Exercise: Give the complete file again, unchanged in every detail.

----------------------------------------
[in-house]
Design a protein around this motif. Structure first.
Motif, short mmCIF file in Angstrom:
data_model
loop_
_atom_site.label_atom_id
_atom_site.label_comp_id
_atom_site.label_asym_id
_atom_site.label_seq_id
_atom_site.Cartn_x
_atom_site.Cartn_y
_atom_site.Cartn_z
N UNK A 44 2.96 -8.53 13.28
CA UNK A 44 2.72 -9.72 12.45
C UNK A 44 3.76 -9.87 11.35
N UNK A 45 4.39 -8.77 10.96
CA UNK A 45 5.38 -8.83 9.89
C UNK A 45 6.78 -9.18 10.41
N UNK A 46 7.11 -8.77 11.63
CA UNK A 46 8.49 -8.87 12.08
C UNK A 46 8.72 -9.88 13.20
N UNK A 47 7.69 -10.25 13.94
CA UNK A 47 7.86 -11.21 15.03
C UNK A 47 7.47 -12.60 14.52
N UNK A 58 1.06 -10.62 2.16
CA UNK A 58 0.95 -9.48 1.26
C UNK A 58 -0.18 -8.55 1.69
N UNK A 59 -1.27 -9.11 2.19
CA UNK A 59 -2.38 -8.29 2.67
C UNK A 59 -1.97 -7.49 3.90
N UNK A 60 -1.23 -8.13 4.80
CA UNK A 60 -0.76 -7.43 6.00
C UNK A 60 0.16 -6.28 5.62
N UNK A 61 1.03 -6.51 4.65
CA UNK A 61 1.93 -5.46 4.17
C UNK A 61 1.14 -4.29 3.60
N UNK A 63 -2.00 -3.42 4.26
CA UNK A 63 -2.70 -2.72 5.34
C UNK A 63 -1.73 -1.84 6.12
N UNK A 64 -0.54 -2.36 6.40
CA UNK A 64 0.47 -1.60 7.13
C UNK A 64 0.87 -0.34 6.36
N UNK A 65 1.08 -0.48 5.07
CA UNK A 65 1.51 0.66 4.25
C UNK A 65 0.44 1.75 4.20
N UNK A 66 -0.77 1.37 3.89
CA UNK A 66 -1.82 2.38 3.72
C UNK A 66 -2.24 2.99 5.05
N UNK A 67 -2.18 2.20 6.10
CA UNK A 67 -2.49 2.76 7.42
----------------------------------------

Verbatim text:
[in-house]
Design a protein around this motif. Structure first.
Motif, short mmCIF file in Angstrom:
data_model
loop_
_atom_site.label_atom_id
_atom_site.label_comp_id
_atom_site.label_asym_id
_atom_site.label_seq_id
_atom_site.Cartn_x
_atom_site.Cartn_y
_atom_site.Cartn_z
N UNK A 44 2.96 -8.53 13.28
CA UNK A 44 2.72 -9.72 12.45
C UNK A 44 3.76 -9.87 11.35
N UNK A 45 4.39 -8.77 10.96
CA UNK A 45 5.38 -8.83 9.89
C UNK A 45 6.78 -9.18 10.41
N UNK A 46 7.11 -8.77 11.63
CA UNK A 46 8.49 -8.87 12.08
C UNK A 46 8.72 -9.88 13.20
N UNK A 47 7.69 -10.25 13.94
CA UNK A 47 7.86 -11.21 15.03
C UNK A 47 7.47 -12.60 14.52
N UNK A 58 1.06 -10.62 2.16
CA UNK A 58 0.95 -9.48 1.26
C UNK A 58 -0.18 -8.55 1.69
N UNK A 59 -1.27 -9.11 2.19
CA UNK A 59 -2.38 -8.29 2.67
C UNK A 59 -1.97 -7.49 3.90
N UNK A 60 -1.23 -8.13 4.80
CA UNK A 60 -0.76 -7.43 6.00
C UNK A 60 0.16 -6.28 5.62
N UNK A 61 1.03 -6.51 4.65
CA UNK A 61 1.93 -5.46 4.17
C UNK A 61 1.14 -4.29 3.60
N UNK A 63 -2.00 -3.42 4.26
CA UNK A 63 -2.70 -2.72 5.34
C UNK A 63 -1.73 -1.84 6.12
N UNK A 64 -0.54 -2.36 6.40
CA UNK A 64 0.47 -1.60 7.13
C UNK A 64 0.87 -0.34 6.36
N UNK A 65 1.08 -0.48 5.07
CA UNK A 65 1.51 0.66 4.25
C UNK A 65 0.44 1.75 4.20
N UNK A 66 -0.77 1.37 3.89
CA UNK A 66 -1.82 2.38 3.72
C UNK A 66 -2.24 2.99 5.05
N UNK A 67 -2.18 2.20 6.10
CA UNK A 67 -2.49 2.76 7.42